Hamlet Reviews

Page 2 of 19
August 13, 2012
Laurence Olivier was at his best acting and directing in the greatest play ever written. Powerful and complete it was Olivier's interpretation of Hamlet that adds life to many familiar lines. The greatest actor of the 20th century did credit to Shakespeare and himself. His version of the soliloquy "To be or not to be" is the one to compare all others with.
March 25, 2010
A classic film, and a definitive screen adaptation of Shakespeare's most popular and enduring of plays. I agree with what has been said of this elsewhere: this is a profoundly reflective and psychological experience, one turned inward -- the political themes have all but been omitted from Olivier's vision, and this isn't a bad thing. In any case, Hamlet is a profound catharsis, and Olivier's film is cinematically, as well as dramatically, magnificent.
May 15, 2015
Transitioning works of Shakespeare to the screen doesn't always work out, but this one does just fine.
½ March 7, 2015
Hamlets assertive negative mind is unfathomable, Laurence Olivers acting is really delicious and of course his direction. Just don't care if he has omitted some important scenes . The movie was a visual treat. Really amazing.
March 3, 2015
As far as Shakespearian adaptations go, this version of Hamlet is very well done. Sure, it cuts out a few plot lines and even a few characters, but it presents Shakespeare in an authentic, yet easily digestible way. It's interesting that such a straightforward adaptation of an early 17th century play can win Best Picture in 1948.
December 10, 2014
Review In A Nutshell:

Hamlet, the film that introduced me to the works of William Shakespeare and Laurence Olivier; A personal story about death, grief, revenge and insanity. A film that was nominated for seven Academy Awards in 1949, and graciously winning four, including Best Picture. It is now 2014, more than 50 years has passed and does a film like Hamlet still have a spot in the hearts of contemporary and future audiences? It is hard to say, and for one who has only seen Olivier's adaptations of the playwright's works, I cannot display an intelligent comparison and analysis; but what I am confident with, is that Hamlet has a strong and firm place on my mind as it opened my eyes of cinema that I have been reluctant to venture for so long.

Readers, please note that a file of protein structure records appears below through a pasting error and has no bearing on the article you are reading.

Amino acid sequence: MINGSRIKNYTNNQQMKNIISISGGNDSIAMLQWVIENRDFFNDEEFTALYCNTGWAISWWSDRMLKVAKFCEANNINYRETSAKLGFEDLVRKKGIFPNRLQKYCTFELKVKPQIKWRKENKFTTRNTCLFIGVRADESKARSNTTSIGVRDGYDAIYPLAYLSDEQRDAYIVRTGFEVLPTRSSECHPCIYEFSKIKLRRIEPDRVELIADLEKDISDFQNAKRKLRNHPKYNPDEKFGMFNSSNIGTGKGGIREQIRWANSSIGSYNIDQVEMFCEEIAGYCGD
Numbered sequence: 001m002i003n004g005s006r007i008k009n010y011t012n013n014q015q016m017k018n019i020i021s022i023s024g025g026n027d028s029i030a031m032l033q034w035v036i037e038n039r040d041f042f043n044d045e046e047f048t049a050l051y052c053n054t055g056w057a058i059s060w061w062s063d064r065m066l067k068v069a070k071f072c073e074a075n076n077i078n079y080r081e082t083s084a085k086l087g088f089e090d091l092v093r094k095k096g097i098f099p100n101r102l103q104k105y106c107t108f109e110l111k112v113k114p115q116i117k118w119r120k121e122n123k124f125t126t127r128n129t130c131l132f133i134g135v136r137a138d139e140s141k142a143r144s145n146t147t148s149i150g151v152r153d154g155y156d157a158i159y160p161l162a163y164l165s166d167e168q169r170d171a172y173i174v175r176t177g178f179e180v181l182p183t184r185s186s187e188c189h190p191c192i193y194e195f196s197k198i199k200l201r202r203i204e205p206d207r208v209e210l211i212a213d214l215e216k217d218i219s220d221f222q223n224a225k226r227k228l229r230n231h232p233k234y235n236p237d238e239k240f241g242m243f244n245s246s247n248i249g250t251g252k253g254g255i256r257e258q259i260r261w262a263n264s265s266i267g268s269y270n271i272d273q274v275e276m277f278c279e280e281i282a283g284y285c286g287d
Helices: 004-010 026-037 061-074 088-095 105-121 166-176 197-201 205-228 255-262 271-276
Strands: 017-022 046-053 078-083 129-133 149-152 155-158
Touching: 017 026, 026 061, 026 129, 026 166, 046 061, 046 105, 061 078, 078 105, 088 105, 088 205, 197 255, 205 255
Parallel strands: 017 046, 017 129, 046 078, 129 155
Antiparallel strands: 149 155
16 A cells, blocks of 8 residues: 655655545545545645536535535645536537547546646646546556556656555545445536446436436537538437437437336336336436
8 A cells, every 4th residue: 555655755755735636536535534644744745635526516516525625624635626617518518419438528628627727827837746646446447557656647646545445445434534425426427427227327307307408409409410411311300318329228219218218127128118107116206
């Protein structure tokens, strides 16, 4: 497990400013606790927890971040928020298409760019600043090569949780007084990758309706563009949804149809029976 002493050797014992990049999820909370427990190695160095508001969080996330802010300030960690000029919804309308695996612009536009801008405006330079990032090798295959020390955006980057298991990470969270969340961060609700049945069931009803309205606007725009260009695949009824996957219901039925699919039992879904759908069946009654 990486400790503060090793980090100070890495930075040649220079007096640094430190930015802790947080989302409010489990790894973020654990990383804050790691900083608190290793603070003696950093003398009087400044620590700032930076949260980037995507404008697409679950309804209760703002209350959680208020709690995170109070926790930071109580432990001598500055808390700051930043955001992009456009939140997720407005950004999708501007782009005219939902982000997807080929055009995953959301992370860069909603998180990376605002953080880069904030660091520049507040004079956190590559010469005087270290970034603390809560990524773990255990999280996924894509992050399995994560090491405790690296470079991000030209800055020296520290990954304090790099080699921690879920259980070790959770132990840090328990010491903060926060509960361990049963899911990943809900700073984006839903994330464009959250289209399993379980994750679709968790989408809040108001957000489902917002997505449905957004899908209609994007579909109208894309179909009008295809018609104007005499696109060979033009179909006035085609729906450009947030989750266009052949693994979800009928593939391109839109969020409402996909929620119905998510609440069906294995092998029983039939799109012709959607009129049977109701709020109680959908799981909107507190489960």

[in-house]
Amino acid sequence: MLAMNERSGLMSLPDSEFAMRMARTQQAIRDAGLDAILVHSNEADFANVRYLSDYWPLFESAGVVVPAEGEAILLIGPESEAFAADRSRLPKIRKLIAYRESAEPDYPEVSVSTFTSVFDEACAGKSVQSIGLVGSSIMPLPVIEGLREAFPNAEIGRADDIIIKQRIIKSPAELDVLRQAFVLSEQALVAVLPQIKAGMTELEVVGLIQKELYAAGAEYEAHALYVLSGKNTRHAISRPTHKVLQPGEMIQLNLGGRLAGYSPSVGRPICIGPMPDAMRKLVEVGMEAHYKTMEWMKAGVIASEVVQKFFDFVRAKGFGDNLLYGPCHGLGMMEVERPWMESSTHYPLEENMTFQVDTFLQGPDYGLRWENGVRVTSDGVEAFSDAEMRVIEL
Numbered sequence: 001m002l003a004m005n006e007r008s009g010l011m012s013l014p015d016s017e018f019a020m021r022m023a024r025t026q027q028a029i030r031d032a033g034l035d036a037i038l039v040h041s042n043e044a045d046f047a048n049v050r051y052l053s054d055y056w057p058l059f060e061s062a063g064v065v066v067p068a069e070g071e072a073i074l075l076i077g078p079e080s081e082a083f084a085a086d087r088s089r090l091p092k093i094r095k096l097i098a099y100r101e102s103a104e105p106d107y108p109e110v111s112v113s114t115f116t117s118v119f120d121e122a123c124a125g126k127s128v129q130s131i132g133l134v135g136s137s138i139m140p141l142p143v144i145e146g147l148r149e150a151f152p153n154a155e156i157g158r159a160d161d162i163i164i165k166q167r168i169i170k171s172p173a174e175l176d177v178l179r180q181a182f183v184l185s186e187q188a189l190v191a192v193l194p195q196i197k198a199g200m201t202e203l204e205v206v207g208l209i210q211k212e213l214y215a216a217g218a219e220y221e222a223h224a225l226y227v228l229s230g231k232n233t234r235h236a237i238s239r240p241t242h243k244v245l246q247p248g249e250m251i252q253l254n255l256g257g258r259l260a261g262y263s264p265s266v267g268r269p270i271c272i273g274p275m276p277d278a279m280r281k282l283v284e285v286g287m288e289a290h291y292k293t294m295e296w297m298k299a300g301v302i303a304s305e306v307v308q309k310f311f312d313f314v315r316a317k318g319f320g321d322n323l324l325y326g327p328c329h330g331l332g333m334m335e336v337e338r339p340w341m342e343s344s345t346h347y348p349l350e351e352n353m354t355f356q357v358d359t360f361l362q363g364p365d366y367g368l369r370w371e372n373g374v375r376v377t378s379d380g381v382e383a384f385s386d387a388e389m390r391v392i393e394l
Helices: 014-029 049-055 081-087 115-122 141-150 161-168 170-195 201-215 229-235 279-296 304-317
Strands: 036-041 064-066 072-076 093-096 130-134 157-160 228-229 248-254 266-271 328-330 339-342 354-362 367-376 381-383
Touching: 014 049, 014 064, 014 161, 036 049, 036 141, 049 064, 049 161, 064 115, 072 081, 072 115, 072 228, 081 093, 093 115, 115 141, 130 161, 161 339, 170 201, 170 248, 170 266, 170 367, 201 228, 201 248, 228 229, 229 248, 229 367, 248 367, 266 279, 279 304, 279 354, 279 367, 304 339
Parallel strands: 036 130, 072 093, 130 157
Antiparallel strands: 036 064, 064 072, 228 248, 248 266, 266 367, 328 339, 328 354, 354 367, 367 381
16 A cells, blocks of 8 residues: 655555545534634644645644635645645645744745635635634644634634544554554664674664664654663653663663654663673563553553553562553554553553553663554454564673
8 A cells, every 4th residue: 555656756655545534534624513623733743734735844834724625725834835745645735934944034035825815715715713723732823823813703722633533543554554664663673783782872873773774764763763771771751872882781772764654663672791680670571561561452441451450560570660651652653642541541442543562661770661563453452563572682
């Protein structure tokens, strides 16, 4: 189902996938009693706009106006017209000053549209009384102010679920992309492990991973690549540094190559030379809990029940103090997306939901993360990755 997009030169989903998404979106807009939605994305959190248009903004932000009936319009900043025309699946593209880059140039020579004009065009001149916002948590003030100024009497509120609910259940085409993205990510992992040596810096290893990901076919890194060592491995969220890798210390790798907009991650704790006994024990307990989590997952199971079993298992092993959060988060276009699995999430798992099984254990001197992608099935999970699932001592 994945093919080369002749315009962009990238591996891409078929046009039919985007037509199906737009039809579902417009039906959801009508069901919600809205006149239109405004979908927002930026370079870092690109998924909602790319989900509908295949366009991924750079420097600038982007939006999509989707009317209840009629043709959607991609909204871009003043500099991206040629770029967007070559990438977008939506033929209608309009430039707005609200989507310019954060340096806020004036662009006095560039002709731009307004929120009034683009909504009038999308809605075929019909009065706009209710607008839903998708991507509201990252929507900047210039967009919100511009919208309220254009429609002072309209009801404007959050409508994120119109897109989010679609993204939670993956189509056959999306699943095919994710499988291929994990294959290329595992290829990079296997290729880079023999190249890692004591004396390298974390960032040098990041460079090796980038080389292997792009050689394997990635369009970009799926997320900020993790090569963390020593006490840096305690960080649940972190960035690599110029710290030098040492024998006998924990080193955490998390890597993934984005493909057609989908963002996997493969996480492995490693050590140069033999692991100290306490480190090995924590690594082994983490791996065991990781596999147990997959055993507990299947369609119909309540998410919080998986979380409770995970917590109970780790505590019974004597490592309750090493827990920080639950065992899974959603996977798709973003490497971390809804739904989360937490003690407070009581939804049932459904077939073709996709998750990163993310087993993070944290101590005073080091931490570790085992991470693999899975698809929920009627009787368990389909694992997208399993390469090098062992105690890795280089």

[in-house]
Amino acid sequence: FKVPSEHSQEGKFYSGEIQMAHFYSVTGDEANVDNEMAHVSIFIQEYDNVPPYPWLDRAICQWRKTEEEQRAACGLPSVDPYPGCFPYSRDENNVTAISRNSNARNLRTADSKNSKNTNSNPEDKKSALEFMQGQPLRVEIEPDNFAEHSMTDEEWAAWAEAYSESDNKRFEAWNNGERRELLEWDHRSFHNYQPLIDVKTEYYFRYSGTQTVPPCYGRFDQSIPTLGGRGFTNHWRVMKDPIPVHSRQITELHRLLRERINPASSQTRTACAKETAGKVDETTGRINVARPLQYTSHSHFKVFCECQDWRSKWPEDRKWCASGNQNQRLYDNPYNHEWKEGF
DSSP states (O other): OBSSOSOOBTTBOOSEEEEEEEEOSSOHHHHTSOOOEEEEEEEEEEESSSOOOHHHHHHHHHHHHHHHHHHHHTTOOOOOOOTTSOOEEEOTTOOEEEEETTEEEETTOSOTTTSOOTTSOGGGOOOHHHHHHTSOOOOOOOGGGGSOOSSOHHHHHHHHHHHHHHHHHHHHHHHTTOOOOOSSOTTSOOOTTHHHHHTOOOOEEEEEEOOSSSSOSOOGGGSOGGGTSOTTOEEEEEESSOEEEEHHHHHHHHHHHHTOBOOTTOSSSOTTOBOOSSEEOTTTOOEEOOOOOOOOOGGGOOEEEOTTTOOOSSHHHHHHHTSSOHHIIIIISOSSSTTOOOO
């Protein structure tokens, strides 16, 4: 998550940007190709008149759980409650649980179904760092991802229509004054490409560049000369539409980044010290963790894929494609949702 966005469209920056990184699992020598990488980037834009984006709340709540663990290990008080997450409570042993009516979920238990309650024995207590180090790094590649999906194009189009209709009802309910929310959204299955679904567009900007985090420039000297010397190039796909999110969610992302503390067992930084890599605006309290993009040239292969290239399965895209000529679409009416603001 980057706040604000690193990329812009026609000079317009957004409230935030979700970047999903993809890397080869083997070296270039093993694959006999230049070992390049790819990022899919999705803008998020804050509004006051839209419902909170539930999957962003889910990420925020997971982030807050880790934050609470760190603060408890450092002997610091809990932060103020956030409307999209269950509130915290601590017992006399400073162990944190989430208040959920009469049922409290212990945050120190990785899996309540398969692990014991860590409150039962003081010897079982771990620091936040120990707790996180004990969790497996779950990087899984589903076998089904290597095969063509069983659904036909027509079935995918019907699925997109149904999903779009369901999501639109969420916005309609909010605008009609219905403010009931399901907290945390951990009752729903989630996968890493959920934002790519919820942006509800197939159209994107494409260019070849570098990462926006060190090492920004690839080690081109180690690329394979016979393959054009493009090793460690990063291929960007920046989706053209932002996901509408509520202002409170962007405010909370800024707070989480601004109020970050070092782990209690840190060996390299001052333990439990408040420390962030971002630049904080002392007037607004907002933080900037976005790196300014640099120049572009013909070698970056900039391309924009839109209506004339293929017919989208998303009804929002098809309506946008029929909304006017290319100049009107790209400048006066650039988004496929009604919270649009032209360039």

By now, this would be my third or fourth viewing of Olivier's Hamlet, and with each passing viewing and contemplation, I find more elements about it that intrigue me, but it has also solidified the aspects of its production that I find to be inferior. I have not read the source material, therefore I cannot state how much of this film remains faithful, but since Kenneth Branagh's same adaptation in 1966 seem to have a larger running time and created at a time where thematic restrictions have been looser, I assume that film would demonstrate something much more faithful. Regardless Olivier's take is faithful or not, it still is an effective character and thematic study, one that uses classic melodrama and deliver it in such a way that remains faithful to stage productions and innovative for its cinematic audiences; similar to what was brought for Henry V. Henry V has proven to the world that Olivier could make it as a director, showing scope and intelligent use of the source material; Hamlet broke more ground by proving that he is also competent in telling intimate stories of fragile and emotionally plagued characters. I found Olivier's take on Henry V to be simplistic, lacking interesting qualities that would allow the audiences to be at awe with b his fascinating journey. Hamlet features a figure that is complex, full of darkness shaped in a form of grief and madness, carrying an abundance of pain; it was because of this that I was frequently engaged, wanting to explore more of the character, fascinated on the way he sees and reacts to certain things. Olivier does not hold back and lets the audience get in deep under the character's skin, allowing them to understand what he is going through and prevent him from being seen as villainous in his quest for revenge.